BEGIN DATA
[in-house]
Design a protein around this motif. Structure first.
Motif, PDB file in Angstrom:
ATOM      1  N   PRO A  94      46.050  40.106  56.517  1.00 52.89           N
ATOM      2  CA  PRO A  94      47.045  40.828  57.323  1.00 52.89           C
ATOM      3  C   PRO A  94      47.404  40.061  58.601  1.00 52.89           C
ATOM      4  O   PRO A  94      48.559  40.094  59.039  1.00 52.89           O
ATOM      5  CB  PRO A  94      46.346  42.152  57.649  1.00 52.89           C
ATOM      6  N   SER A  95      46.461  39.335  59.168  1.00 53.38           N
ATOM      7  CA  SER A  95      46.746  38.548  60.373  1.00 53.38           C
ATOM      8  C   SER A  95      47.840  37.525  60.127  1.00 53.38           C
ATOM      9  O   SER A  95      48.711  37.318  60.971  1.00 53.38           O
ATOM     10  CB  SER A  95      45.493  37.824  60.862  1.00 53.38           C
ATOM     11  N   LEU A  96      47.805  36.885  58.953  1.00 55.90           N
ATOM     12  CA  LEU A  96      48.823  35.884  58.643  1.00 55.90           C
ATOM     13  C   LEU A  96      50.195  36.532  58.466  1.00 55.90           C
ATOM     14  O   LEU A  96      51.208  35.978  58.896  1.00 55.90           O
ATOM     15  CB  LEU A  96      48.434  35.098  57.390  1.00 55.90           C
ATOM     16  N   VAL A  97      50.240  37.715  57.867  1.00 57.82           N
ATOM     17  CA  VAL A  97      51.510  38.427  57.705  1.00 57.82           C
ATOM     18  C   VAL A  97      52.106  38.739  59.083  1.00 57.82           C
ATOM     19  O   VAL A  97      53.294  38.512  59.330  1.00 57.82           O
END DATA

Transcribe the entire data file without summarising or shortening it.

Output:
[in-house]
Design a protein around this motif. Structure first.
Motif, PDB file in Angstrom:
ATOM      1  N   PRO A  94      46.050  40.106  56.517  1.00 52.89           N
ATOM      2  CA  PRO A  94      47.045  40.828  57.323  1.00 52.89           C
ATOM      3  C   PRO A  94      47.404  40.061  58.601  1.00 52.89           C
ATOM      4  O   PRO A  94      48.559  40.094  59.039  1.00 52.89           O
ATOM      5  CB  PRO A  94      46.346  42.152  57.649  1.00 52.89           C
ATOM      6  N   SER A  95      46.461  39.335  59.168  1.00 53.38           N
ATOM      7  CA  SER A  95      46.746  38.548  60.373  1.00 53.38           C
ATOM      8  C   SER A  95      47.840  37.525  60.127  1.00 53.38           C
ATOM      9  O   SER A  95      48.711  37.318  60.971  1.00 53.38           O
ATOM     10  CB  SER A  95      45.493  37.824  60.862  1.00 53.38           C
ATOM     11  N   LEU A  96      47.805  36.885  58.953  1.00 55.90           N
ATOM     12  CA  LEU A  96      48.823  35.884  58.643  1.00 55.90           C
ATOM     13  C   LEU A  96      50.195  36.532  58.466  1.00 55.90           C
ATOM     14  O   LEU A  96      51.208  35.978  58.896  1.00 55.90           O
ATOM     15  CB  LEU A  96      48.434  35.098  57.390  1.00 55.90           C
ATOM     16  N   VAL A  97      50.240  37.715  57.867  1.00 57.82           N
ATOM     17  CA  VAL A  97      51.510  38.427  57.705  1.00 57.82           C
ATOM     18  C   VAL A  97      52.106  38.739  59.083  1.00 57.82           C
ATOM     19  O   VAL A  97      53.294  38.512  59.330  1.00 57.82           O